Do your research and you’ll find that our Chalet lodging option is the best snowboard camp lodging out there. These mountain style vacation homes sleep approximately 10-16 campers and are separated by age and gender. (young boys chalets, young girls chalets, older boys chalets, older girls chalets, adult chalet, etc.) Each room sleeps approximately 2-8 campers.
- What skill level do you need to attend HCSC?
All skill levels are welcome. All our full-time summer coaches are required to take an AASI level one certification course, ensuring that they are qualified to teach all levels of snowboarding—from complete beginners to experts. Our Soft Start™ program has been specifically designed for never-evers and those who have only tried snowboarding once or twice.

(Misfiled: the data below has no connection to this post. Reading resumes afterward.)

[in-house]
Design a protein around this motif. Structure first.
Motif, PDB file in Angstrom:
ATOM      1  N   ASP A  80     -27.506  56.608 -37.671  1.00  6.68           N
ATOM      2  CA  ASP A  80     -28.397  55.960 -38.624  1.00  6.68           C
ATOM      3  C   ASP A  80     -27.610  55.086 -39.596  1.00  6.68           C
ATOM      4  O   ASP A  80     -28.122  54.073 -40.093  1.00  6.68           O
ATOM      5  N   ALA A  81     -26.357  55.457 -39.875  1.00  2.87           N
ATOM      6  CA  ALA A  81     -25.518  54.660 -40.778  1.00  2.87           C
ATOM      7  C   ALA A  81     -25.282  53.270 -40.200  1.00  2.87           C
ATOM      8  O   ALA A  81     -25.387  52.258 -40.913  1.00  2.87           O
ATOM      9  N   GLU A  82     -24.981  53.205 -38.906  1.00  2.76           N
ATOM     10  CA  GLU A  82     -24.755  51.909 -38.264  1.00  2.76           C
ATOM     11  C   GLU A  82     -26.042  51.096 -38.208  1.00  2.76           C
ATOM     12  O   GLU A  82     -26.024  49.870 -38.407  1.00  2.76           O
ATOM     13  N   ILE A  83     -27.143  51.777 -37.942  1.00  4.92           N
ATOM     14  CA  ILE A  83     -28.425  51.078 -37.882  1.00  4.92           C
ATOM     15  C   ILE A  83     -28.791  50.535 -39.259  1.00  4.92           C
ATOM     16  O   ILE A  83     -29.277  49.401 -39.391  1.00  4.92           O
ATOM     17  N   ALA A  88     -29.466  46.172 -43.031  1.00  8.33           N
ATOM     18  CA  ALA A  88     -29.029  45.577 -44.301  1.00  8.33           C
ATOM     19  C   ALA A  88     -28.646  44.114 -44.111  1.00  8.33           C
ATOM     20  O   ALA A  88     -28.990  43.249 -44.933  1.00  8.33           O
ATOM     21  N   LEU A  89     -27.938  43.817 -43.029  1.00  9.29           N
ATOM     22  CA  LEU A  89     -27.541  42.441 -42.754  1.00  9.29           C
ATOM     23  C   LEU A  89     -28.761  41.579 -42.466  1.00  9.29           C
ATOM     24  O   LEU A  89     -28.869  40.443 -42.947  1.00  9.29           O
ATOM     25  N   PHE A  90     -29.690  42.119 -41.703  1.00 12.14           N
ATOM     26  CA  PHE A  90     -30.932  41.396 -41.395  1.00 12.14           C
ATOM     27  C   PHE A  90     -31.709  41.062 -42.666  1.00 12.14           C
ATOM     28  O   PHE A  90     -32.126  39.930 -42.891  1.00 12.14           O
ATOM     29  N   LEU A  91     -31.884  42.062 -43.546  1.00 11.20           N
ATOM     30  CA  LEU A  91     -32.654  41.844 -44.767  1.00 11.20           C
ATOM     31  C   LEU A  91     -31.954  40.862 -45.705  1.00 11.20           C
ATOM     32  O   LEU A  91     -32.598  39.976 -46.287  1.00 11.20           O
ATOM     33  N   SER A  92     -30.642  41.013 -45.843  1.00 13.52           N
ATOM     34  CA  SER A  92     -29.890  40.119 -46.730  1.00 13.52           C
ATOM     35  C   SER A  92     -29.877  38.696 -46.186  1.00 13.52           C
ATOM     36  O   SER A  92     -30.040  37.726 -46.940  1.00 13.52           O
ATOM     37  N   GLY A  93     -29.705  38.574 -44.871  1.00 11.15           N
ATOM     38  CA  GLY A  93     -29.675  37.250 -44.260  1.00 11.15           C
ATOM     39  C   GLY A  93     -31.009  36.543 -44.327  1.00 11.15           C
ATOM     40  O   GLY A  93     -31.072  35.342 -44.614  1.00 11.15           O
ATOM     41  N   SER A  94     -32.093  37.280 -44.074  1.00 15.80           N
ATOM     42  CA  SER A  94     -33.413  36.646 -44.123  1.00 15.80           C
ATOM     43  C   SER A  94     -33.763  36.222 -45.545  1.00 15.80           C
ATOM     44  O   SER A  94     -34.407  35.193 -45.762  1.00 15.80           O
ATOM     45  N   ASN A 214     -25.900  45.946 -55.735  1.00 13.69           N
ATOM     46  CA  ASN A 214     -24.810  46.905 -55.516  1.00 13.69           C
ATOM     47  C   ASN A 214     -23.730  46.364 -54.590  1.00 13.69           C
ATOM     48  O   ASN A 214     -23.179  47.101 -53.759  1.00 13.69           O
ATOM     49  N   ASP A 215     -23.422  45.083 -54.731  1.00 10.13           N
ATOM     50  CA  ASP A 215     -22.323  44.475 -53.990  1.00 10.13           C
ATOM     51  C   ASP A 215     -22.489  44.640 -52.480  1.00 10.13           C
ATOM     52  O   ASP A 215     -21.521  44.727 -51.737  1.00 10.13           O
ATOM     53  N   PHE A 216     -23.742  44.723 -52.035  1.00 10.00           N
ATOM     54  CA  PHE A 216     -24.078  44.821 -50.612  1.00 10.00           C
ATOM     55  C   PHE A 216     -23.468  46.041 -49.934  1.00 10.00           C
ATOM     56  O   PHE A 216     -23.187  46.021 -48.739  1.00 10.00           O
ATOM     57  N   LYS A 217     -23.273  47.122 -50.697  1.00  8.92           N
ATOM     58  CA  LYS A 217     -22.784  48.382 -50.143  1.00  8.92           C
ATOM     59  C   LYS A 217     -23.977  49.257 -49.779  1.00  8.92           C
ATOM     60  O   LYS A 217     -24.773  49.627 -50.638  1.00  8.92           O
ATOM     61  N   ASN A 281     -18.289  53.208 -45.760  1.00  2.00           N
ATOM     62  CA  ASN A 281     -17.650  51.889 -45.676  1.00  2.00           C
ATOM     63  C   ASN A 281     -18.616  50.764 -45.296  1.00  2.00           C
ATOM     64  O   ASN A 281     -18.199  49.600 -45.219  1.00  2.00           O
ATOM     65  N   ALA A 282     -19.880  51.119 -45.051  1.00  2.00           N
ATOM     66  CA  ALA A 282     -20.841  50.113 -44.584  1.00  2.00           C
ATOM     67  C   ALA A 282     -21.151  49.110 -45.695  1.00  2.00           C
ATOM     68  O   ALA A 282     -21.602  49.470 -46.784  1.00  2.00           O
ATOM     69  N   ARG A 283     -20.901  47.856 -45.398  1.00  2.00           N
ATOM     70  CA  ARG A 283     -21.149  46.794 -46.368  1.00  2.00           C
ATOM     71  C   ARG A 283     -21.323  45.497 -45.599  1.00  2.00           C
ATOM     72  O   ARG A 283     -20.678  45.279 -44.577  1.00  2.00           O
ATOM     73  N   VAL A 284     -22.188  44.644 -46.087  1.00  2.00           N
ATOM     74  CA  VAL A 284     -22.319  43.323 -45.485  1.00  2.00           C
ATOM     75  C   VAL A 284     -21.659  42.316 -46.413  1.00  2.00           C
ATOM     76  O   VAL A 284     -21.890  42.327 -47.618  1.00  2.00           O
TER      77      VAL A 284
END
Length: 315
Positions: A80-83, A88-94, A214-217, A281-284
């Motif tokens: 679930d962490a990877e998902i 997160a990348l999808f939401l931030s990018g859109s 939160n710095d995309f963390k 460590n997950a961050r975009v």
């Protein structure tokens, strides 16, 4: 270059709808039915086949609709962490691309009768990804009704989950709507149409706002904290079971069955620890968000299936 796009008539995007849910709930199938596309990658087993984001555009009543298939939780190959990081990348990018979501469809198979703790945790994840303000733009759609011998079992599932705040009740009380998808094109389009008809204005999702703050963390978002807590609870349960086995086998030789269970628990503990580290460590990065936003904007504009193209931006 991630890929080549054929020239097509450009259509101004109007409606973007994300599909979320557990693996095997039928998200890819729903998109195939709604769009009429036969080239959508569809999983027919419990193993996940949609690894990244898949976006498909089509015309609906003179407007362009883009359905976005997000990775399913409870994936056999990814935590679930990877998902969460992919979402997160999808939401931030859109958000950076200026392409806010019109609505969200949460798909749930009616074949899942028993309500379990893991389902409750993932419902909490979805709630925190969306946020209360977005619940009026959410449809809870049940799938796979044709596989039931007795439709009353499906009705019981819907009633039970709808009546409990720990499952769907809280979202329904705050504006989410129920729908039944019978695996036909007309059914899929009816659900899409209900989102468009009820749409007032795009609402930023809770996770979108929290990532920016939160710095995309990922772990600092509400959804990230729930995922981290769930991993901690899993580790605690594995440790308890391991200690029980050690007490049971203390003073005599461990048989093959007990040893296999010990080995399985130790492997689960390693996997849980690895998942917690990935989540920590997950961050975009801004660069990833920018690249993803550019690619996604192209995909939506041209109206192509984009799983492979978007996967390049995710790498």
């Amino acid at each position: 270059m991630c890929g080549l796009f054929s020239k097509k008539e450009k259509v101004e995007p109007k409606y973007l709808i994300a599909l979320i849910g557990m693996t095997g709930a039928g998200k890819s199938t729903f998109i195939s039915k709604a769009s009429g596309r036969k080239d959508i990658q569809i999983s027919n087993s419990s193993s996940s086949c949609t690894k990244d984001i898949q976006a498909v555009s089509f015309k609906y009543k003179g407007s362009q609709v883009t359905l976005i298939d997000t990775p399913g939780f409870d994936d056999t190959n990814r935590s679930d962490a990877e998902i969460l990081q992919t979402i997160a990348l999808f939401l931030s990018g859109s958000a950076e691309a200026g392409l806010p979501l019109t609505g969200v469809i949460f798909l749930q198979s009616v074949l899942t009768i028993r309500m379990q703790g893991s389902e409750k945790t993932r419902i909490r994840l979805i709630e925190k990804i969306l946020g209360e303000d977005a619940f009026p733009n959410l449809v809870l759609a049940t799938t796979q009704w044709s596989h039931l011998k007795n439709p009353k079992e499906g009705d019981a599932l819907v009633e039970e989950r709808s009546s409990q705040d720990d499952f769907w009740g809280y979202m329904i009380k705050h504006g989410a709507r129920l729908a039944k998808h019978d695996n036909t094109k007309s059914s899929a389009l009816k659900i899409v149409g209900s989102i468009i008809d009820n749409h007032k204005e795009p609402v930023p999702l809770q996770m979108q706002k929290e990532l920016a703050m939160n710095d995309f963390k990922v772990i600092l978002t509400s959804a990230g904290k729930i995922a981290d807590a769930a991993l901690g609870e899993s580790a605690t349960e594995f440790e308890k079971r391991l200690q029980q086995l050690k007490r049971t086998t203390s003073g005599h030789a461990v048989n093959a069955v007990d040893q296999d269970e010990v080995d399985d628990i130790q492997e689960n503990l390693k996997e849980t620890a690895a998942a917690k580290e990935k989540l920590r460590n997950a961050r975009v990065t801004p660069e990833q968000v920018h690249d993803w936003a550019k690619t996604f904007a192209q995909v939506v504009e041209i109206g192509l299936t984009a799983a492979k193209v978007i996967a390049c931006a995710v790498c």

- How does it work with so many different ability levels at each session?
Campers are placed into small coaching groups with 6-8 campers per coach. These coaching groups are based on ability levels, so that you feel comfortable progressing with riders of similar ability. Before you come to camp you’ll fill out an ability questionnaire which will help us place you in the best possible coaching group. It is important that you fill out the ability form accurately so that you placed in a group approprate for your ability. If you end up in the wrong group we can move you to a new group as needed.
- Which session is the best session to attend?